I eventually walked for 2 minutes, in hopes of regaining energy for a respectible last few miles. It was a good decision and at least I had some remnants of a stride while passing the larger crowds in the final mile. A fun finish of 2 left turns and separate finishing lines for men and women. Each runner's name was announced. Just before grabbing water, I saw my friends Chris & Wendy and we agreed to meet at the Christmas tree in front of the capitol steps.

Always a unique food item
Bananas, Bagels & Bars. Each race seems to have it's own signature food item and in this case it was pancakes, handed out plate by plate from a tent. A table had a huge vat of syrup, monster slab of butter and trays of strawberry topping. They tasted great, even though they quickly got cold.

Chris & Wendy have lived in Sacramento for years, but had never before been to the marathon. Wendy showed me a photo that she'd snapped right before my finish and mentioned that a few minutes earlier had photographed a guy finishing in a pink tutu. I immediately wondered if it could be Keith Straw, well known in the Philly area for his signature outfit. She showed me the pic on her camera and sure enough, it was him! (Beat me by 5 minutes.) They enjoyed watching the finishers and later looked up the results of several of their friends who ran.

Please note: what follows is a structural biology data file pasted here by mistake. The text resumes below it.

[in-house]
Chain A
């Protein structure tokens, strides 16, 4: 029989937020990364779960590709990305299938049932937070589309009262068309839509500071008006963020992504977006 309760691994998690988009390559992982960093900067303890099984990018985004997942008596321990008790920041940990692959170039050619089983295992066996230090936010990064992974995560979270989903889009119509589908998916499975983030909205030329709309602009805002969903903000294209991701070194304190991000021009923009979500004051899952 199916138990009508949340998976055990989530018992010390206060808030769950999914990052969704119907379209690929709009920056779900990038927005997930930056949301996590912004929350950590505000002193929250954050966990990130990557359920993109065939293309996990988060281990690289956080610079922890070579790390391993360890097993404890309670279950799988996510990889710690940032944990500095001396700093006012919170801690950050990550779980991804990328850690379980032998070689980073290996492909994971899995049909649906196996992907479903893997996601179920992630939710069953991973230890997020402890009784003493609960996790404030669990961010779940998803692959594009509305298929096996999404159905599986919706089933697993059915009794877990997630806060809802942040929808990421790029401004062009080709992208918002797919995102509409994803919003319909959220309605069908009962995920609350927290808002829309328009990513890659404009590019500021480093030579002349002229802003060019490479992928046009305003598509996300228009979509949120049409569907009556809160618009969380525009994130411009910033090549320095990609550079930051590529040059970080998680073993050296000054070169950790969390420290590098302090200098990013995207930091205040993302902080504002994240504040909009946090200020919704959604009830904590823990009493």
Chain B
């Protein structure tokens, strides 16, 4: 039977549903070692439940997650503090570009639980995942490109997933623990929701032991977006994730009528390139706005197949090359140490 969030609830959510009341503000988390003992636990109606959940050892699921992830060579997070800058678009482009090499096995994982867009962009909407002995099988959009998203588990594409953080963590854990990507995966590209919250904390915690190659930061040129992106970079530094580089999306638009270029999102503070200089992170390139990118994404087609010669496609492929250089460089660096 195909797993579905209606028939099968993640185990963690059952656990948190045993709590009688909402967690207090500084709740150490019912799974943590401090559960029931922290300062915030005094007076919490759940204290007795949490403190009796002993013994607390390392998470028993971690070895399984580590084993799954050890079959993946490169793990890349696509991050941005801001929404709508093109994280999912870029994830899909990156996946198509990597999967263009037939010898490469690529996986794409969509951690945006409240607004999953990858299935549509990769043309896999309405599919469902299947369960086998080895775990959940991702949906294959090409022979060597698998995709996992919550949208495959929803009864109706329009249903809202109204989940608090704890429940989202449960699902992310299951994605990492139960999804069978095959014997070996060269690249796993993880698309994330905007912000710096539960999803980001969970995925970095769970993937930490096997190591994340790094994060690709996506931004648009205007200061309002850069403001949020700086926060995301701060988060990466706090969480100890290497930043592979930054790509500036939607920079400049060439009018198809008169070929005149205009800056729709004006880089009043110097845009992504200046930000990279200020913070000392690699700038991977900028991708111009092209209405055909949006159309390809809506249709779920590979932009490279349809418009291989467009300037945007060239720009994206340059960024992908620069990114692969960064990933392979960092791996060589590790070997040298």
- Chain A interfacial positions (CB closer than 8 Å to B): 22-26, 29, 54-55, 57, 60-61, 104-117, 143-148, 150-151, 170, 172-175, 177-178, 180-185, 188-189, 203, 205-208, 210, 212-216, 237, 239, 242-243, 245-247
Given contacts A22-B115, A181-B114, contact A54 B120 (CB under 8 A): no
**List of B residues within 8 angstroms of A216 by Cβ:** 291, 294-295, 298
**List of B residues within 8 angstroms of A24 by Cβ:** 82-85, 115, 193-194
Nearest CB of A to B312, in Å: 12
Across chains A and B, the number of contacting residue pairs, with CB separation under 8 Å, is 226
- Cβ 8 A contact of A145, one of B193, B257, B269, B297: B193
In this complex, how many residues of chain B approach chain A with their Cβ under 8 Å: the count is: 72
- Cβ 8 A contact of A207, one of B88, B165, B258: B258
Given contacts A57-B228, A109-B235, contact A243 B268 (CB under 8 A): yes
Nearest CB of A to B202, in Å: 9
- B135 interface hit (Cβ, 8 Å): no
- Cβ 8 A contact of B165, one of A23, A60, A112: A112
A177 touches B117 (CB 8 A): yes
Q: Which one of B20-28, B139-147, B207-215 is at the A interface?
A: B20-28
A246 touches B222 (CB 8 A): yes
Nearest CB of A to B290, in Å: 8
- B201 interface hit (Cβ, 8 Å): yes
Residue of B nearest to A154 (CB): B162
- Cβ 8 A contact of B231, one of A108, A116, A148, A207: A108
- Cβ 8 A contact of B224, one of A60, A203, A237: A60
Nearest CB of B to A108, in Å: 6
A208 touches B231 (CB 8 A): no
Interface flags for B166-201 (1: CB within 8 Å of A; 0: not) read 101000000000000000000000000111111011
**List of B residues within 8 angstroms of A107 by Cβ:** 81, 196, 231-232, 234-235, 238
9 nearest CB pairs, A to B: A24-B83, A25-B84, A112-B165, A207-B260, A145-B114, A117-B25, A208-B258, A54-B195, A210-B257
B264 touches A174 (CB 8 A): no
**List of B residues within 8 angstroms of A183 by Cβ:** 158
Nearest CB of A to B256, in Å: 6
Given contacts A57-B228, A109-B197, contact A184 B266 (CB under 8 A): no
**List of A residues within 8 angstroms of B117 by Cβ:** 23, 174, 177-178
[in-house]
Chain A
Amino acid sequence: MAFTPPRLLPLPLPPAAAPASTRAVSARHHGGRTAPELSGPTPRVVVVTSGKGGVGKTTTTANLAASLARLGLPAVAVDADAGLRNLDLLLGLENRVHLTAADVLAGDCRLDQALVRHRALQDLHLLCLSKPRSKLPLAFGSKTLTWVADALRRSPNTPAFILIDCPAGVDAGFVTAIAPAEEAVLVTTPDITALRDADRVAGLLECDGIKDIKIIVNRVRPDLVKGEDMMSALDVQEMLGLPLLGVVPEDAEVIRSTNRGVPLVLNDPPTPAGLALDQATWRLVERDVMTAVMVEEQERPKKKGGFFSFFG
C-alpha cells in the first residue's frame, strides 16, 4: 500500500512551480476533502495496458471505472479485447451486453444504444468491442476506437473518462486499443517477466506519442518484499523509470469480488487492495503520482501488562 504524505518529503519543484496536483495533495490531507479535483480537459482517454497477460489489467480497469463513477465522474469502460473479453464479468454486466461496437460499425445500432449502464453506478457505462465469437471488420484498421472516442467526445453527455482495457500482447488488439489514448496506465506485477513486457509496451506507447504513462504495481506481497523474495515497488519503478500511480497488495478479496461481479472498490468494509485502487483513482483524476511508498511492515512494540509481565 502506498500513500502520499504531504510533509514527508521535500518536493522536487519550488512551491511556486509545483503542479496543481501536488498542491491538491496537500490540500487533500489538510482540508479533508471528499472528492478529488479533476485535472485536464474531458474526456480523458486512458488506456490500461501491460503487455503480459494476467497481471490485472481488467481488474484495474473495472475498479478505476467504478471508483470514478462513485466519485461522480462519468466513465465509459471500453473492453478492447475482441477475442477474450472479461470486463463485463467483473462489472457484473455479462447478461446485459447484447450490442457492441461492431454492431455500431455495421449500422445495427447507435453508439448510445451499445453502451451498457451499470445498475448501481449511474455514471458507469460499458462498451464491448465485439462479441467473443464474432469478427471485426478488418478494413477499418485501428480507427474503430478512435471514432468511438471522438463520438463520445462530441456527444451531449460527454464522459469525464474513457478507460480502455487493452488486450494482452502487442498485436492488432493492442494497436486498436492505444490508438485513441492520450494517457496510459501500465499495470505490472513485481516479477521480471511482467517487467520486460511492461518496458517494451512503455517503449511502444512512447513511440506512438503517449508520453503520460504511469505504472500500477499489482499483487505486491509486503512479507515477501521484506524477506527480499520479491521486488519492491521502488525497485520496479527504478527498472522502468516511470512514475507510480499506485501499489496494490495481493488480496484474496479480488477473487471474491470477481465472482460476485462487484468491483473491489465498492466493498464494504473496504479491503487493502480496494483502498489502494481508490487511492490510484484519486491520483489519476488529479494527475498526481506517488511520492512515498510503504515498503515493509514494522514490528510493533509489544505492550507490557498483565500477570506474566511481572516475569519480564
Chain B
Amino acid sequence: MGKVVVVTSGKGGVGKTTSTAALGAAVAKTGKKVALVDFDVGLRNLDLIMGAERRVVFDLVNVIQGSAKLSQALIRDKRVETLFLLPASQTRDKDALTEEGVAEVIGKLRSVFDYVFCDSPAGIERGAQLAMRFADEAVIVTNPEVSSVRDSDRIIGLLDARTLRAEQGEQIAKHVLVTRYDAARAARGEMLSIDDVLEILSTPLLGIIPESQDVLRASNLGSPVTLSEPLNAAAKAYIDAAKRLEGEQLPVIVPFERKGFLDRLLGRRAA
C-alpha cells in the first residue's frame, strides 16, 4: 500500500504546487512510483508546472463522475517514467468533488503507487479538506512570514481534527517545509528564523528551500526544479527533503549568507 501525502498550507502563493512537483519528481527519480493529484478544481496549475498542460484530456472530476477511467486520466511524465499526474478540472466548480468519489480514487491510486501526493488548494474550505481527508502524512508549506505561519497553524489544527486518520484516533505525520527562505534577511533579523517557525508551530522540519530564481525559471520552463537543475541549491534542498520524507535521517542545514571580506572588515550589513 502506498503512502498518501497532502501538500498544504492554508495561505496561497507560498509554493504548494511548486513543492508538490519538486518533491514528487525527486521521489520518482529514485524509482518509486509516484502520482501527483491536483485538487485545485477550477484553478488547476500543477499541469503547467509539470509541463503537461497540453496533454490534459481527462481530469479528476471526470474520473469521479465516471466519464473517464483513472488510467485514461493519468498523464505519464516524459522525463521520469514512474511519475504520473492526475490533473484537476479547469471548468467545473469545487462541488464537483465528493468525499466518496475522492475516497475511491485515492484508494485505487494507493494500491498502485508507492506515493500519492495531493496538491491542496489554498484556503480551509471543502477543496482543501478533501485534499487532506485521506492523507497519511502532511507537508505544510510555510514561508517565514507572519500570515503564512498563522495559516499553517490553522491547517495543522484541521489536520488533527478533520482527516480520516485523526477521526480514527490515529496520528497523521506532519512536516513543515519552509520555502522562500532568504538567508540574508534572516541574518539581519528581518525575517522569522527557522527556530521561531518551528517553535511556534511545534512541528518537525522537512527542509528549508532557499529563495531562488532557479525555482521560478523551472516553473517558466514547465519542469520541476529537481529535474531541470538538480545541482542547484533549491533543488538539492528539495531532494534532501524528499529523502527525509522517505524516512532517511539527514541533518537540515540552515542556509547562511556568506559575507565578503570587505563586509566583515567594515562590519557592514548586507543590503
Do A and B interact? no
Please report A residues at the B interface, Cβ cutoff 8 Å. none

Photos & beer
Wendy got a great pic of me eating my marathon pancakes while the foil blanket fluttered in the breeze. At least the finish area wasn't as cold and windy as Boston had been in April! After explaining my disappointment with my time, I let my friends get on their bikes to ride home, where I'd catch up with them after a 64 calorie beer -- which at this point was like giving away snowballs in winter. It was still really to cold to drink a brew, but it tasted good anyway. Thank God that even with a sub-standard performance, completing the 26.2 still gave me a runner's high.